Faculty-Led Program: ENVS 340/BIOL 340 in Belize (2020)
This ten-day program immerses students in the tropical ecosystems of Belize, an English-speaking country in Central America that lies on the Caribbean Sea. You will visit a number of tropical ecosystems, snorkel the barrier reef, visit ancient Mayan ruins and examine Belize's natural history and culture. Academic excursions into Belizean ecosystems will be coupled with field labs, discussions, and lectures from local experts. The course focuses on experiential learning through exciting activities such as hiking through a Community Baboon Sanctuary, exploring one of the largest cave structures in the world, canoe paddling down the Sibun River while observing anthropomorphic effects by doing water testing and collecting macro- invertebrate samples, and snorkeling the Mesoamerican Barrier Reef System. You will also tour ancient Mayan ruins, the Belize Zoo, and the Maya Centre Village and Cultural Museum.
Click to see the ENVS_340_Belize_Flyer.
This faculty-led study abroad program is part of ENVS 340 Natural History of Belize, taught by Rev. Stephen Mitten, S.J. Click here for the ENVS_340_Syllabus_2020, which includes details on planned activities.
After you have completed the OIP application for this program and been accepted, you will be registered in this course by OIP. You don't need to self-register for this course.
To learn more about this program, read students' reflections below.
For ten days, I had the opportunity to travel Belize, learn firsthand about its ecosystems and culture, and further explore my own personal and professional interests in environmental policy. During my time abroad, my group and I heard lectures from Belizean nationals on topics like conservation, politics, resource management, history and cultural preservation, economics, and international environmental protection efforts. Each lesson and discussion we had about these topics expanded my knowledge and perspective of Belize and opened me to new angles of interpreting the information I was given.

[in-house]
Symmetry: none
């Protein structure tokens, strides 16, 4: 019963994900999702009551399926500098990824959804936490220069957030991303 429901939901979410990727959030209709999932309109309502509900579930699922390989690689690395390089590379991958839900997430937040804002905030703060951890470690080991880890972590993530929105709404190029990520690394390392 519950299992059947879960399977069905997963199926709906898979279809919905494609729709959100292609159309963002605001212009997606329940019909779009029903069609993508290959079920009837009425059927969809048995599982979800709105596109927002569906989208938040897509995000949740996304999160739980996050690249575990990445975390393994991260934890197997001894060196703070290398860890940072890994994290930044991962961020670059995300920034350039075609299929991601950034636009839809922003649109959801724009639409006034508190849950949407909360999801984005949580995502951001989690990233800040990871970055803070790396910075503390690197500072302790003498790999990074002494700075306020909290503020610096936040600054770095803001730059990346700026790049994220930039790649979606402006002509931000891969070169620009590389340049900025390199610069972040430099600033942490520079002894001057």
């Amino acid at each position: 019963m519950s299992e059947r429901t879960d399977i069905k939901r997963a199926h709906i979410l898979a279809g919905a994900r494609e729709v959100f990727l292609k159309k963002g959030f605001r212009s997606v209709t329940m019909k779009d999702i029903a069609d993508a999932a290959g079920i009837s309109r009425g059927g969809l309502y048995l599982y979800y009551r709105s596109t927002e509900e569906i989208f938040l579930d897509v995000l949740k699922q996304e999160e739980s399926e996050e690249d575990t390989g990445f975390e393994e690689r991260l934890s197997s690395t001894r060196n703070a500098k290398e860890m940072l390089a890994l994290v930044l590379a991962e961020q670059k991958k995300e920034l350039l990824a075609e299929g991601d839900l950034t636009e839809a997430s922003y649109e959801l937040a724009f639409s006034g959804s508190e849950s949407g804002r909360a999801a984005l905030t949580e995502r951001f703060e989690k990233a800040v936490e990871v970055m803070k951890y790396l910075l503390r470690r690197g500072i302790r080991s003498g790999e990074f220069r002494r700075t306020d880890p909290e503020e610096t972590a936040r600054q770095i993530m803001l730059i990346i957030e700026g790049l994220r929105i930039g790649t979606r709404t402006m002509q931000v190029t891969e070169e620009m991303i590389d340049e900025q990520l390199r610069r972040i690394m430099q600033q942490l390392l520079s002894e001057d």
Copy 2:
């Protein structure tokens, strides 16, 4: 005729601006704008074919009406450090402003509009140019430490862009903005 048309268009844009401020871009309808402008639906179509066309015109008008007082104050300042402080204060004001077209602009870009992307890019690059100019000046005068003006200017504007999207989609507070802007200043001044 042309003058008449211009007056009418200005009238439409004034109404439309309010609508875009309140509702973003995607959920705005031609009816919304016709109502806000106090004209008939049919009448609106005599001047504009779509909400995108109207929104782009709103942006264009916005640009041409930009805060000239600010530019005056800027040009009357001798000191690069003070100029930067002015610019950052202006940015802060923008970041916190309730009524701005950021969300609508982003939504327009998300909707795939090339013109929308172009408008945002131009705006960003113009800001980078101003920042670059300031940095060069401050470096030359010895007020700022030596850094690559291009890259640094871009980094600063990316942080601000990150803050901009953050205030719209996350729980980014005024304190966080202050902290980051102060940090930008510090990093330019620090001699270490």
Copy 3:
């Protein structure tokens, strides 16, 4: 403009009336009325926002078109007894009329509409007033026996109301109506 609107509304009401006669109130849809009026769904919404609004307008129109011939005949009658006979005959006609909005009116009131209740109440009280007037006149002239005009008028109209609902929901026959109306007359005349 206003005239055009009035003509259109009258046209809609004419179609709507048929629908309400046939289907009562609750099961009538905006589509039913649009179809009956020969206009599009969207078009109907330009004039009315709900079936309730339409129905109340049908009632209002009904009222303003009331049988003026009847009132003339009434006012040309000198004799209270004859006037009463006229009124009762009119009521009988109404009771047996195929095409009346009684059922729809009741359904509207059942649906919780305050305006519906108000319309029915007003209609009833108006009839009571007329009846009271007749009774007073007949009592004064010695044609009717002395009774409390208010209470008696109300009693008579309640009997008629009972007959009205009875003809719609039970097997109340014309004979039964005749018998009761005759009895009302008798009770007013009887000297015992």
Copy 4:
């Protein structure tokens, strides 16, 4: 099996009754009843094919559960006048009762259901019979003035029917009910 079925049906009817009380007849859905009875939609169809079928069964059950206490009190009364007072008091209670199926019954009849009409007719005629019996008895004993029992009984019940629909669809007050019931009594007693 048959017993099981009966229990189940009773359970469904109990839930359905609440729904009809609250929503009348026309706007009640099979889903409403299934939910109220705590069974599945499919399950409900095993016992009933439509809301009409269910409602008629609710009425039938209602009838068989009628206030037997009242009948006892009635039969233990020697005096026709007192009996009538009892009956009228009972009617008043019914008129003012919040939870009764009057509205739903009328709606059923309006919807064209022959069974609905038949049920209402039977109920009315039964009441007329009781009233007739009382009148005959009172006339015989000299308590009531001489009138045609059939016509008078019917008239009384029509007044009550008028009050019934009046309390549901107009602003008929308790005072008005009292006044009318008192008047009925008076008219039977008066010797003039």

During my time in Belize I found myself to feel very connected to the country, the environment, and the people. This was surprising to me, considering the J-Term course was only ten days and I have very little knowledge of the country before arriving. Equally as surprising, was the way in which I found myself living up to the Jesuit values of Loyola University Chicago. Now, reflecting on the mission statement of my institution, I am able to recognize ways in which my time in Belize allowed me to expand my knowledge through learning, justice, and faith.
Loyola’s mission statement is: “We are Chicago’s Jesuit Catholic university – a diverse community seeking God in all things and working to expand knowledge in the service of humanity through learning, justice, and faith.” The objectives of this course were “to understand the many social justice dimensions of environmental issues, to appreciate our own responsibility as citizens of our planet, and to transform our current unsustainable practices to those that are more life-giving.” After reflecting on my time in Belize, Loyola’s mission and the course objectives seem to go hand in hand. Throughout the entirety of the course, while focusing on its objectives, I feel that I not only connected with, but also performed the goals of the mission statement.
|Paid to Loyola|
|Faculty-Led Study Abroad Program Fee||$1,210||paid to LOCUS|
|Office of International Programs Administrative Fee||$100||paid to Loyola Study Abroad Online Application|
|Loyola University Chicago tuition||Click for current Loyola tuition.||paid to LOCUS|
- Click for information on tuition payment deadlines.
|Not Paid to Loyola|
|Airfare||$700 (estimated)||you pay directly to airline; do not buy your ticket until we notify you to do so.|
|Incidental expenses and additional meals||$100 (estimated)||take with you abroad|
For more information, contact: